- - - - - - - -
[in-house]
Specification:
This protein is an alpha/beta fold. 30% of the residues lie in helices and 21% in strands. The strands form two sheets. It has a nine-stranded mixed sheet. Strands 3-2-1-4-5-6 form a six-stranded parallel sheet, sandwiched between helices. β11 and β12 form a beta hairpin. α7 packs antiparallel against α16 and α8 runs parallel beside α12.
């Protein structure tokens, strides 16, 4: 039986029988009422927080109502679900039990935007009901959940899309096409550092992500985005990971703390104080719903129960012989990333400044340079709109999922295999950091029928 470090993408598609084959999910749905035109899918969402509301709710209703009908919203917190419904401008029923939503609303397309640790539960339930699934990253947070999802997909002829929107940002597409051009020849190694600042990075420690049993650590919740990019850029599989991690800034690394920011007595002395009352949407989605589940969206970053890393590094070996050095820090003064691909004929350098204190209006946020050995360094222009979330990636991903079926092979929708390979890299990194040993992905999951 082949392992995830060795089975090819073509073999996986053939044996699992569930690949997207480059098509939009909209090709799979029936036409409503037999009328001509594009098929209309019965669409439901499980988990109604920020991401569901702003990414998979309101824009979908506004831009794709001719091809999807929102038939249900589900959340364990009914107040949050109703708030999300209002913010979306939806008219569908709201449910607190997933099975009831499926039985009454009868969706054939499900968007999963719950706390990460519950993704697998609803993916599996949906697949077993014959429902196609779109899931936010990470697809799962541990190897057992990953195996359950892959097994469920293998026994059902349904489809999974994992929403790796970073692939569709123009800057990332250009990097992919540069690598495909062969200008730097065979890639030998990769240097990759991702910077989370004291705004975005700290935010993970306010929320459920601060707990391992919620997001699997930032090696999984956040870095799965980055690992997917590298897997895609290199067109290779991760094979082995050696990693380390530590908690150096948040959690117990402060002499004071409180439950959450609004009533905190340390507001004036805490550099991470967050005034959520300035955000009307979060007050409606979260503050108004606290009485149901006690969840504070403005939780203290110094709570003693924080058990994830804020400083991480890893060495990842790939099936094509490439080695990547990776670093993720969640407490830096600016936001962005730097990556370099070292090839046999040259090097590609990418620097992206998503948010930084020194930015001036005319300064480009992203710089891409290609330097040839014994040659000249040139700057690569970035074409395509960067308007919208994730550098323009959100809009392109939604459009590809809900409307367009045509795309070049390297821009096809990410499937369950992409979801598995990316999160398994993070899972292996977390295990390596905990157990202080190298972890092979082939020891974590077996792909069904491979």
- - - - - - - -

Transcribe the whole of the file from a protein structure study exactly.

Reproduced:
[in-house]
Specification:
This protein is an alpha/beta fold. 30% of the residues lie in helices and 21% in strands. The strands form two sheets. It has a nine-stranded mixed sheet. Strands 3-2-1-4-5-6 form a six-stranded parallel sheet, sandwiched between helices. β11 and β12 form a beta hairpin. α7 packs antiparallel against α16 and α8 runs parallel beside α12.
């Protein structure tokens, strides 16, 4: 039986029988009422927080109502679900039990935007009901959940899309096409550092992500985005990971703390104080719903129960012989990333400044340079709109999922295999950091029928 470090993408598609084959999910749905035109899918969402509301709710209703009908919203917190419904401008029923939503609303397309640790539960339930699934990253947070999802997909002829929107940002597409051009020849190694600042990075420690049993650590919740990019850029599989991690800034690394920011007595002395009352949407989605589940969206970053890393590094070996050095820090003064691909004929350098204190209006946020050995360094222009979330990636991903079926092979929708390979890299990194040993992905999951 082949392992995830060795089975090819073509073999996986053939044996699992569930690949997207480059098509939009909209090709799979029936036409409503037999009328001509594009098929209309019965669409439901499980988990109604920020991401569901702003990414998979309101824009979908506004831009794709001719091809999807929102038939249900589900959340364990009914107040949050109703708030999300209002913010979306939806008219569908709201449910607190997933099975009831499926039985009454009868969706054939499900968007999963719950706390990460519950993704697998609803993916599996949906697949077993014959429902196609779109899931936010990470697809799962541990190897057992990953195996359950892959097994469920293998026994059902349904489809999974994992929403790796970073692939569709123009800057990332250009990097992919540069690598495909062969200008730097065979890639030998990769240097990759991702910077989370004291705004975005700290935010993970306010929320459920601060707990391992919620997001699997930032090696999984956040870095799965980055690992997917590298897997895609290199067109290779991760094979082995050696990693380390530590908690150096948040959690117990402060002499004071409180439950959450609004009533905190340390507001004036805490550099991470967050005034959520300035955000009307979060007050409606979260503050108004606290009485149901006690969840504070403005939780203290110094709570003693924080058990994830804020400083991480890893060495990842790939099936094509490439080695990547990776670093993720969640407490830096600016936001962005730097990556370099070292090839046999040259090097590609990418620097992206998503948010930084020194930015001036005319300064480009992203710089891409290609330097040839014994040659000249040139700057690569970035074409395509960067308007919208994730550098323009959100809009392109939604459009590809809900409307367009045509795309070049390297821009096809990410499937369950992409979801598995990316999160398994993070899972292996977390295990390596905990157990202080190298972890092979082939020891974590077996792909069904491979």